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Using household surveys from Argentina, Brazil, Peru, Ecuador, and El Salvador, this paper assesses the contribution of entrepreneurship to socioeconomic mobility and to understand the main variables associated with entrepreneurial propensity in selected Latin American countries. It is found that, at the aggregate regional level, income mobility is rather modest and that entrepreneurs do not outperform the rest of the population. However, entrepreneurs tend to perform as well as or better than non-entrepreneurs in countries where relative income mobility is moderate. In countries where relative income mobility is rather low, entrepreneurs tend to show less income mobility. Entrepreneurial propensity is rather modest, at 10 percent of the population. University graduates show the highest propensity in most of the countries studied, while women and young people were found to have the lowest entrepreneurial propensity.
Many developing countries have adopted the market approach for expanding the supply of child care, but little is known about the economic behavior of independent providers. This paper draws on uniquely rich administrative data on child care centers and their inputs from São Paulo to examine the role of local household income in shaping the entry and quality choices of private suppliers. It documen ... (View publication)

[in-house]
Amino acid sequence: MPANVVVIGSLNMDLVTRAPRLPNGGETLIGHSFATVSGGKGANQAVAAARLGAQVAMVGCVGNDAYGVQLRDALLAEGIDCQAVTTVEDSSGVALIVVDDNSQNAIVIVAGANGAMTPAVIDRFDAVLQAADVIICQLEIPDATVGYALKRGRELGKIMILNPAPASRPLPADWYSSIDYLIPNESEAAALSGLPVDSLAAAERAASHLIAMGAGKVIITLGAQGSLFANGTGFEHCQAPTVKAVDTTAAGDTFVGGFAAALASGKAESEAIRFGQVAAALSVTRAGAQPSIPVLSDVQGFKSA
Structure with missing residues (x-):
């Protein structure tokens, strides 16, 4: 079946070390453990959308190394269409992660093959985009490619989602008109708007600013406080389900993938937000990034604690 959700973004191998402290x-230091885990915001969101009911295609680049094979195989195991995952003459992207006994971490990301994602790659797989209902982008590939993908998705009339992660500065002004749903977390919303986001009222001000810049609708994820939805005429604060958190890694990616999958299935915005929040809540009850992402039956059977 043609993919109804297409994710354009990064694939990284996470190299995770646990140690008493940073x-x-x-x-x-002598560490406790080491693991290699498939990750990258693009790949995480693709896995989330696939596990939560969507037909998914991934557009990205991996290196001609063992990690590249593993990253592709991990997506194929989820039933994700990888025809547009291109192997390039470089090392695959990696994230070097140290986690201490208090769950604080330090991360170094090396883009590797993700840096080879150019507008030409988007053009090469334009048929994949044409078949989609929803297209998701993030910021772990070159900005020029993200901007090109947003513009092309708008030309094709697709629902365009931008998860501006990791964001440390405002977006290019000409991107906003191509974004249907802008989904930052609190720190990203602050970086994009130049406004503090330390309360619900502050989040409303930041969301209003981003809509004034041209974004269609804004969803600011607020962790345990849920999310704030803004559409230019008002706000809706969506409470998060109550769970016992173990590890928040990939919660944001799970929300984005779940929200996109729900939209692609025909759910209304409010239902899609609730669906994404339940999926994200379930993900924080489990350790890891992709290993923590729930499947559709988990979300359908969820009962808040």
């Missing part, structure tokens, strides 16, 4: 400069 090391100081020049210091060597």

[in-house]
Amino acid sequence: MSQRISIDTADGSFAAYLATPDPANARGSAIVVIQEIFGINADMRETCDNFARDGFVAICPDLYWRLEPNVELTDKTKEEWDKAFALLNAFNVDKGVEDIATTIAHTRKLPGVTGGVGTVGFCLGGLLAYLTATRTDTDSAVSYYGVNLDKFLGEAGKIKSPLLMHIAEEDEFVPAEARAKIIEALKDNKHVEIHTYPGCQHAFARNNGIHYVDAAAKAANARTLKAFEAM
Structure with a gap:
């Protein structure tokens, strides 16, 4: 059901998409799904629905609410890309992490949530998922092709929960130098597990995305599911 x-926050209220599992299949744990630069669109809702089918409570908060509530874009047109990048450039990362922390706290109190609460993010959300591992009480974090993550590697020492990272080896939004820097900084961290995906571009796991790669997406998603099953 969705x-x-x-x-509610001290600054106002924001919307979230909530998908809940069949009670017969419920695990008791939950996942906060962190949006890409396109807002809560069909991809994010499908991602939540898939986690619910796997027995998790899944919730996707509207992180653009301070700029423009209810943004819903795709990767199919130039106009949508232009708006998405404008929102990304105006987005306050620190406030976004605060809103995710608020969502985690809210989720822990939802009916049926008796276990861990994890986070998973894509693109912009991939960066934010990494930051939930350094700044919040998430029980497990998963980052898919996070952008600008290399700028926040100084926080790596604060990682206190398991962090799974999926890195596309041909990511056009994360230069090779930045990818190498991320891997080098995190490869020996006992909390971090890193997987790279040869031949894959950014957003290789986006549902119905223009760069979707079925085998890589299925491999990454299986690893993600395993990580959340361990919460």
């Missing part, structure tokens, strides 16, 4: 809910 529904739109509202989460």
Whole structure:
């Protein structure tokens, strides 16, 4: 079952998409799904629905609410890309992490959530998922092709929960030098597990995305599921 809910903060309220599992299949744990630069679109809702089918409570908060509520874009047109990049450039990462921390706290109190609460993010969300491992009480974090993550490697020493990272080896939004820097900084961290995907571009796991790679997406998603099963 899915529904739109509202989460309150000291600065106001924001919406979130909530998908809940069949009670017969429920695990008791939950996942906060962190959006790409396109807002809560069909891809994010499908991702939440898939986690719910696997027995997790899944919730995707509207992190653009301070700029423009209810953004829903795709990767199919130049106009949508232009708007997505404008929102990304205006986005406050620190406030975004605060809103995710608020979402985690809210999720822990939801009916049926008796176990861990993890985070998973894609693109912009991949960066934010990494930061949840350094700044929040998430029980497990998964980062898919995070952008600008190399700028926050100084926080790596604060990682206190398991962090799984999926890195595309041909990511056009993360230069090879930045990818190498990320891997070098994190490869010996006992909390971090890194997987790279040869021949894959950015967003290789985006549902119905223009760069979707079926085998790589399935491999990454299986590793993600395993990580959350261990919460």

This issue of IDEA is based on the recently released IDB book, Entrepreneurship in Latin America: A Step Up the Social Ladder? It provides interesting insights into the limits of policies to promote entrepreneurship as a vehicle for social mobility. (View publication)
The paper uses microeconomic data to characterize entrepreneurs by income group and selected household, individual and business characteristics, finding that entrepreneurship is rare but more frequent in the upper class than the middle or lower classes. Middle-class entrepreneurs are, on average, better off than middle-class employees of similar characteristics but differ greatly from upper-class ... (View publication)
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